It’s old (and short), but it’s good. Just thought a little lightness wouldn’t hurt things around here.

(In brief: Someone discovered the video for Party Rock Anthem by LMFAO matched up with Star Wars Cantina tune…)

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Happy Birthday, Clare

She would have turned 69 years old today. There was plenty of life left, if it hadn’t been stolen by the cancer.

“You’re under arrest, Trump”

Here’s a clip from a 1958 TV western called Trackdown. It features a charlatan (guess his name) who promises to save a town by building a wall.

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I’m sure it can only possibly be a wild coincidence that the grifter vaguely resembles Fred Trump (Donald’s father). [/sarcasm, for those who missed it]
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Entrancing Percussion

Kashakas are a new-to-me percussion instrument originating from West Africa. Here is a rather hypnotic demonstration by an unnamed performer in Senegal. More information about kashaka on Wikipedia.

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A marbled conglomerate of ginger root, butterscotch, and aniseed

One day, just as he’s entering a narrow street all ancient brick walls and lined with costermongers, he hears his name called—and hubba hubba what’s this then, here she comes all right, blonde hair flying in telltales, white wedgies clattering on the cobblestones, an adorable tomato in a nurse uniform, and her name’s, uh, well, oh—Darlene. Golly it’s Darlene. She works at St. Veronica’s hospital, lives nearby at the home of a Mrs. Quoad, a lady widowed long ago and since suffering a series of antiquated diseases—greensickness, tetter, kibes, purples, imposthumes and almonds in the ears, most recently a touch of scurvy. So, out in search of limes for her landlady, the fruit beginning to jog and spill from her straw basket and roll yellowgreen back down the street, young Darlene comes running in her nurse’s cap, her breasts soft fenders for this meeting on the gray city sea.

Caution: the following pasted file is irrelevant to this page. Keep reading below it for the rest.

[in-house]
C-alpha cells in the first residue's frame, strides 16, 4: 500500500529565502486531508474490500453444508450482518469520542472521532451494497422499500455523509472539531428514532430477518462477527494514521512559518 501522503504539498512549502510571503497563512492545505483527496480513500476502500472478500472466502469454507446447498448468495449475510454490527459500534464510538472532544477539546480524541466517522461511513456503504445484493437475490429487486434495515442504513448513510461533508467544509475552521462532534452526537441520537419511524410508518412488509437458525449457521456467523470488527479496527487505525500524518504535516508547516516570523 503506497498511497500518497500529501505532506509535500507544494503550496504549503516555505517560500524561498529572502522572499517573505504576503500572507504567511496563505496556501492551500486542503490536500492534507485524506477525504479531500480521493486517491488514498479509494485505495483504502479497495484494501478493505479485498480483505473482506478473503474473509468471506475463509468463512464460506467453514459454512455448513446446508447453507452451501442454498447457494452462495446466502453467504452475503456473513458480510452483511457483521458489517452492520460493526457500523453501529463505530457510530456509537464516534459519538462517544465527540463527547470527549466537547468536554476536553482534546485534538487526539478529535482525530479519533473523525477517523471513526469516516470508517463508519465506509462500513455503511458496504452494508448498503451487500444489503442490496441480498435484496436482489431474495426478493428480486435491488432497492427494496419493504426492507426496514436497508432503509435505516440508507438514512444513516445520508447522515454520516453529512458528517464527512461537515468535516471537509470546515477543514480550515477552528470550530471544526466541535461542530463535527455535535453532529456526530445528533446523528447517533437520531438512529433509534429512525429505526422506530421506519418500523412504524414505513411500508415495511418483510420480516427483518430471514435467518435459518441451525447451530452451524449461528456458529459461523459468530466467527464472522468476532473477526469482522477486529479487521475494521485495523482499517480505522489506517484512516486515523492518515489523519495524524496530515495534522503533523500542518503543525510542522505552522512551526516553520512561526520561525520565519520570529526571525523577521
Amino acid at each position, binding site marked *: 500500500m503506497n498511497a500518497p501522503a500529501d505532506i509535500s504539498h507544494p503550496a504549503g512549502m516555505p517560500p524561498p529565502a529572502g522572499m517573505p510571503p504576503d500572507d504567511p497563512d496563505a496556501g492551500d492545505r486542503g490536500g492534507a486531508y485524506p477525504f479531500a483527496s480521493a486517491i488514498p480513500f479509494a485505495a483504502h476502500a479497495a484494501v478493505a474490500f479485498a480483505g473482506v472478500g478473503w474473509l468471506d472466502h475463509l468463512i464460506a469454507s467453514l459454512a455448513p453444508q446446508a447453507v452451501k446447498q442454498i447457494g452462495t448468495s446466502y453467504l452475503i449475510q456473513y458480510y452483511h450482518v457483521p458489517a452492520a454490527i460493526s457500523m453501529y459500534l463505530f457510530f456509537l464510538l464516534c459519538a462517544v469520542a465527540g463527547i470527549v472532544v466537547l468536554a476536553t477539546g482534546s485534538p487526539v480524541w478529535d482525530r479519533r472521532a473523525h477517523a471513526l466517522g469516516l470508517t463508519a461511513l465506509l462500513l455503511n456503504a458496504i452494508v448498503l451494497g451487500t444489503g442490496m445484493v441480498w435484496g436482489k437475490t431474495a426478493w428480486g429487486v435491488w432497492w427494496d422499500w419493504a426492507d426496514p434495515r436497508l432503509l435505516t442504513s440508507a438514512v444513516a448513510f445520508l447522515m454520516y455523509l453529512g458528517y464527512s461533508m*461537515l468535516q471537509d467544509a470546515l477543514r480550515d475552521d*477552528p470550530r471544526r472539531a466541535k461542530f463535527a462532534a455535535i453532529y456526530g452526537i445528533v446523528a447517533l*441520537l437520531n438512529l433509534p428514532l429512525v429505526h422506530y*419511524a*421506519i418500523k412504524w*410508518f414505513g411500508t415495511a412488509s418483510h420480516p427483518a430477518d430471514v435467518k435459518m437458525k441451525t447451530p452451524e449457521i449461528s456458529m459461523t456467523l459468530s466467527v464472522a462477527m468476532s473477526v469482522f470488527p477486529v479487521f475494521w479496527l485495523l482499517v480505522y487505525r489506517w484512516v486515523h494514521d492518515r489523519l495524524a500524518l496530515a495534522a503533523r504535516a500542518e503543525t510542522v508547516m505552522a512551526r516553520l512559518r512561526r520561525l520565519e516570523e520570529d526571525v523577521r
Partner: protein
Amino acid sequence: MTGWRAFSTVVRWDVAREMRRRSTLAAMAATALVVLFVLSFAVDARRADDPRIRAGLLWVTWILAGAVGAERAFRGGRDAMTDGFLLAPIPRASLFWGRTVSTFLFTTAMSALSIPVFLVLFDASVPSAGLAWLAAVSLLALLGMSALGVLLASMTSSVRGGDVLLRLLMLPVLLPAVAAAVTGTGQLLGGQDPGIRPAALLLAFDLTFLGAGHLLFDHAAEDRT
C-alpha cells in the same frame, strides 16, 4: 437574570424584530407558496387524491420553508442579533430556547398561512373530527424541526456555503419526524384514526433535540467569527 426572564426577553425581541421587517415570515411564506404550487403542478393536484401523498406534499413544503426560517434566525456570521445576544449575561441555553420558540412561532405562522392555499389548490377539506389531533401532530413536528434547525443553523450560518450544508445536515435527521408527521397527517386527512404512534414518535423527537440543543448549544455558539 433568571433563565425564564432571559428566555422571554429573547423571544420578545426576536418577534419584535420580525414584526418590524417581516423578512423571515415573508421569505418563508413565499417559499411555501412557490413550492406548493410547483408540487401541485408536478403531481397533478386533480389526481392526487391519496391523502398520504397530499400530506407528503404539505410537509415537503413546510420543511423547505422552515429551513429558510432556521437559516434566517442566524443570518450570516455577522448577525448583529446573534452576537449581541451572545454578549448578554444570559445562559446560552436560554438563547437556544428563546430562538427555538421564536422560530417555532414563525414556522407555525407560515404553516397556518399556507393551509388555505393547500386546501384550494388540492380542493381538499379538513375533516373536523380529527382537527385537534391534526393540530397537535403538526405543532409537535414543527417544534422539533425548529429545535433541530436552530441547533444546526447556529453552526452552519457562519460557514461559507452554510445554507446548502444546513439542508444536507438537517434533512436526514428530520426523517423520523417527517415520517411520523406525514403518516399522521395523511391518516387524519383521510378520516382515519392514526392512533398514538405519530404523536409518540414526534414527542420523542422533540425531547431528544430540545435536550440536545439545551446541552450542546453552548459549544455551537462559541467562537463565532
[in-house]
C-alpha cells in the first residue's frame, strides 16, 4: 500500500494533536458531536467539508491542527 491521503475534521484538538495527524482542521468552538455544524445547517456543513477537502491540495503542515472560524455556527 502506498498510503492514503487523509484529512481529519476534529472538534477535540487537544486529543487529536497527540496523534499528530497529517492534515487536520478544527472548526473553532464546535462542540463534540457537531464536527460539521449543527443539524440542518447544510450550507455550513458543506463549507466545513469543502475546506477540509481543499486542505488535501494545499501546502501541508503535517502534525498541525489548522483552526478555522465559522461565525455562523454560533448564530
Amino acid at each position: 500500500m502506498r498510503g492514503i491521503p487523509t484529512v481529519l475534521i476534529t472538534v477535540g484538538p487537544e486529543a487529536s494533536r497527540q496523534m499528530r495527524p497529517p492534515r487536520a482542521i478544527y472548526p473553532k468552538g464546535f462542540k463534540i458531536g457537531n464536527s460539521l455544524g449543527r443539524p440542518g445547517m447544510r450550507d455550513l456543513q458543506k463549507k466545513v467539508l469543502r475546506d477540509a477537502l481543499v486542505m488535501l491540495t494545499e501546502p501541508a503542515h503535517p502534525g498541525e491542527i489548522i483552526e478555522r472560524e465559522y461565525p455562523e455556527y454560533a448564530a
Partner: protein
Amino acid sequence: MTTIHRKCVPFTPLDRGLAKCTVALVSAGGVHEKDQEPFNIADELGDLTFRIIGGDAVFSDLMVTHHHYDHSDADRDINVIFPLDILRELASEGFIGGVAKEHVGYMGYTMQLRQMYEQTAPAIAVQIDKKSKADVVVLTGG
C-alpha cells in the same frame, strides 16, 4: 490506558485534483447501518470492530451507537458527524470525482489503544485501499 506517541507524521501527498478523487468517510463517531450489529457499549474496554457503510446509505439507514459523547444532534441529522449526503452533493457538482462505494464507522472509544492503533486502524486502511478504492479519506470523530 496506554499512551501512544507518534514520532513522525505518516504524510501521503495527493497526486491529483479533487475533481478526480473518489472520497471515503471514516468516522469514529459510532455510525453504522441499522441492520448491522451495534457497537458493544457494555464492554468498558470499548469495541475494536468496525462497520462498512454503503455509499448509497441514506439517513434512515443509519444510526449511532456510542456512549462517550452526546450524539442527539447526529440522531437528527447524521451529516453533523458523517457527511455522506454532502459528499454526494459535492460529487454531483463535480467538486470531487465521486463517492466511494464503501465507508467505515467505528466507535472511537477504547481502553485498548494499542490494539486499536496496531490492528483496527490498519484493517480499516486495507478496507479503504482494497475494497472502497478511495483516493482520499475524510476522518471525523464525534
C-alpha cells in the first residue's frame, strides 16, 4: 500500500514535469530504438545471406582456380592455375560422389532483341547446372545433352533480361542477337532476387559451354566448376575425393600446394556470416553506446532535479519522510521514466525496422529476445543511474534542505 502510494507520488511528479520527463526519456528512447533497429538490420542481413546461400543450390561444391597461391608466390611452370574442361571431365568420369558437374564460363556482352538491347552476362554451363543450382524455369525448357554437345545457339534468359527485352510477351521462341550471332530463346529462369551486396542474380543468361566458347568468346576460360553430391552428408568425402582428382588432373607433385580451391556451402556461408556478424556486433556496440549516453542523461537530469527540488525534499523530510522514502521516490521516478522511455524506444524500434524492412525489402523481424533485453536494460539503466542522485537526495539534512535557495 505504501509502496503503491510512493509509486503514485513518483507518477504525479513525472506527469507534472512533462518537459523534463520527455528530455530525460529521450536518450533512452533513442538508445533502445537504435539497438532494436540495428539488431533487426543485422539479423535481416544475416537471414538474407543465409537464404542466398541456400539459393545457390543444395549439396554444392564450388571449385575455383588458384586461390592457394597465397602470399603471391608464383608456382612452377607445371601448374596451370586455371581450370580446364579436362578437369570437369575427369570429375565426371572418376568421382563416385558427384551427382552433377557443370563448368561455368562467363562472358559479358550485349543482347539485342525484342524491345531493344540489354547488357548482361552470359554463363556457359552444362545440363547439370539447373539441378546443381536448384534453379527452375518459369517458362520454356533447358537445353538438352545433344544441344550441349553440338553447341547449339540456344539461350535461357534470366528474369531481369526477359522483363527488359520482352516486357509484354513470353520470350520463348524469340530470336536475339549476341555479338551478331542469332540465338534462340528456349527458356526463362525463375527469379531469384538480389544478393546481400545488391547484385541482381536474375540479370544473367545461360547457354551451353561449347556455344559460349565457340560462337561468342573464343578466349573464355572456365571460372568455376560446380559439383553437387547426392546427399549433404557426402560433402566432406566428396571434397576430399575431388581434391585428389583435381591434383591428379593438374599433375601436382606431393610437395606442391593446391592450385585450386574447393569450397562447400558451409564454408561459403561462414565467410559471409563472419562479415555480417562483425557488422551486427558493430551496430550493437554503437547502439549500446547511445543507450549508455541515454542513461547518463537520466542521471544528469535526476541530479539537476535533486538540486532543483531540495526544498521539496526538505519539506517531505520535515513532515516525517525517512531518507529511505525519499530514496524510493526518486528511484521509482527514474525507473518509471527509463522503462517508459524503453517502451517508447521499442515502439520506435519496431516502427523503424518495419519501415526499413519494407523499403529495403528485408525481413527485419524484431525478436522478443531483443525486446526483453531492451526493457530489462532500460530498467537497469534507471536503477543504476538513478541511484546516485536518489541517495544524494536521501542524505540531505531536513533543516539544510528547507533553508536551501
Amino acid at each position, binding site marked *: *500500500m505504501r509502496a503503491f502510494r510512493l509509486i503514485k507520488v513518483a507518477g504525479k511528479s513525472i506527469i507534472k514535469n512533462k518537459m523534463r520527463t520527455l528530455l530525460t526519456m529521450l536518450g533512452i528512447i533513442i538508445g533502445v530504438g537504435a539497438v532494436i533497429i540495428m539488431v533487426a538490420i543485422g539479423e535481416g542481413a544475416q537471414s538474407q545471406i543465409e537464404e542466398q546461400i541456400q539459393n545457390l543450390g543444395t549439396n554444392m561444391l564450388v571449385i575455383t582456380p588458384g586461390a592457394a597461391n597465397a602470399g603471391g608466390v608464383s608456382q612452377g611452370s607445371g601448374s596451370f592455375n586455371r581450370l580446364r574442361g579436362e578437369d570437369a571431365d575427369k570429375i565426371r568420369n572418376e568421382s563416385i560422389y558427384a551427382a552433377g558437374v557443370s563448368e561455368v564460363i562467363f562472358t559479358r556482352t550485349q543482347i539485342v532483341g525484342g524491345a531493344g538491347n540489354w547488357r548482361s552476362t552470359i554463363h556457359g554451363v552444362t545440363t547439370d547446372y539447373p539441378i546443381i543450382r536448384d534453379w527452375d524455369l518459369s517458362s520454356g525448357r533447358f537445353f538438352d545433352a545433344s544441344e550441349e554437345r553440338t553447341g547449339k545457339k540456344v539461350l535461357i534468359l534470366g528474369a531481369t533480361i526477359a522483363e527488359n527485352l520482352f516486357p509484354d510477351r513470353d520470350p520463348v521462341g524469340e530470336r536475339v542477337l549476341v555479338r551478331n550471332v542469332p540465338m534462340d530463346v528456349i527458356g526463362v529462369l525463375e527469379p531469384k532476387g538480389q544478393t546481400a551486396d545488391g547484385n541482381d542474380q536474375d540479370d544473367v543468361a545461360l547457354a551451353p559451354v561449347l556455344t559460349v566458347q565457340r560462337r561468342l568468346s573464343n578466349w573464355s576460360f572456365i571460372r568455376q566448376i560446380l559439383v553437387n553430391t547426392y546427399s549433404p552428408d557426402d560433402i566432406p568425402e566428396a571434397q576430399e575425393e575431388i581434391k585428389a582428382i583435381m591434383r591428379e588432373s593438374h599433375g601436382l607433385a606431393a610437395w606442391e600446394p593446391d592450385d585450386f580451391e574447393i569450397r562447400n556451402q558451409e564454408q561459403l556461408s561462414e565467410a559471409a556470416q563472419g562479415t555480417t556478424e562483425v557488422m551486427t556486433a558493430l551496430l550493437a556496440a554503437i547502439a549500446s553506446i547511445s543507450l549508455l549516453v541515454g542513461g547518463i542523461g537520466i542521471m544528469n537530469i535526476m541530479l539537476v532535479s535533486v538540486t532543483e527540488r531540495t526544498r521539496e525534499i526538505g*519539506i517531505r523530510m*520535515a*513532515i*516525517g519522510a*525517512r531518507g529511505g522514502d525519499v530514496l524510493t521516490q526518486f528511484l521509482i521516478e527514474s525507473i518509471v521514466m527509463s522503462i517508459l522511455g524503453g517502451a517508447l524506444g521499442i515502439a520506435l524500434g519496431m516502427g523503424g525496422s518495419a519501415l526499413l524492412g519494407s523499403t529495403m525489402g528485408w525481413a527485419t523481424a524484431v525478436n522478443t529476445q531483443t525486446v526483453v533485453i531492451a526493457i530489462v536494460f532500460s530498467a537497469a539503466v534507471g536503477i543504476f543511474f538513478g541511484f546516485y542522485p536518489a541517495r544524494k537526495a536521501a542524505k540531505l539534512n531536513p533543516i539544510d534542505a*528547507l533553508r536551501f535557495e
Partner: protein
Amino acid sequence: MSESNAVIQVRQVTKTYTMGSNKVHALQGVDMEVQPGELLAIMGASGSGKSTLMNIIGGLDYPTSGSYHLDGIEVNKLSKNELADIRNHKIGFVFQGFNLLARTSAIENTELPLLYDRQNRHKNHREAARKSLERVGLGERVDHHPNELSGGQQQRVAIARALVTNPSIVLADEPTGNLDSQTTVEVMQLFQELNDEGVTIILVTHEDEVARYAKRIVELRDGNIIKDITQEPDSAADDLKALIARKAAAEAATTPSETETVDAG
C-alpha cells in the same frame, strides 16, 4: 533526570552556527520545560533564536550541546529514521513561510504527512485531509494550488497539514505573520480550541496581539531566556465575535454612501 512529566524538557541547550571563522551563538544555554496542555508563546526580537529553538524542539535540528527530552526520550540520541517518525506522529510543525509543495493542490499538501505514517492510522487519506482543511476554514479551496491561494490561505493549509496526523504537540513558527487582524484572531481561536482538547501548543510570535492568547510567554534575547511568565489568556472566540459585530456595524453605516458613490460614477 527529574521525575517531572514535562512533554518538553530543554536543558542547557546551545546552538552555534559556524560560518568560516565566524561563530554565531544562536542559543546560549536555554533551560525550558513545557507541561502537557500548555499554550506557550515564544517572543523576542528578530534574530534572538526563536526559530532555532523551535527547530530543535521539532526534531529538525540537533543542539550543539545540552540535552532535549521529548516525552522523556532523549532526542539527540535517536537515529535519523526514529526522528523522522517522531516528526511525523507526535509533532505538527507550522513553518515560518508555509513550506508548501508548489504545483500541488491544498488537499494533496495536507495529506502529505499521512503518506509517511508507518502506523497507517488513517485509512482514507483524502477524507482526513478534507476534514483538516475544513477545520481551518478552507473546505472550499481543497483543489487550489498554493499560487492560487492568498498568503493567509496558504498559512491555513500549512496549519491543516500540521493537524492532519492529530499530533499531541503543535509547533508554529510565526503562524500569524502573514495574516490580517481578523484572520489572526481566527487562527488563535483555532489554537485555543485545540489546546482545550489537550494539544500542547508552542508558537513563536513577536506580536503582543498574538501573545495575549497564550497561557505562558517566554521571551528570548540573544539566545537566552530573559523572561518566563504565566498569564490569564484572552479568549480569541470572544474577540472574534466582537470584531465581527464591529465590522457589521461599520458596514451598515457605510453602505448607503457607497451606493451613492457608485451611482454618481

“You came back! Ah Tyrone, you’re back,” a tear or two, both of them down picking up citrus, the starch khaki dress rattling, even the odd sniffle from Slothrop’s not unsentimental nose.

“It’s me love…”
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The 17 Known Investigations

There are “at least 17 distinct court cases stemming from at least seven different sets of prosecutors and investigators. (That total does not count any congressional inquiries, nor does it include any other inquiries into other administration officials unrelated to Russia.)” Wired Magazine has quite handily rounded them up with good explanations on each, of which have been summarized below the fold. Fuller detail of what the cases entail in TFA.
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World Domination in Two Easy Steps

“Compromise your guy; then install your guy. World domination in two easy steps.”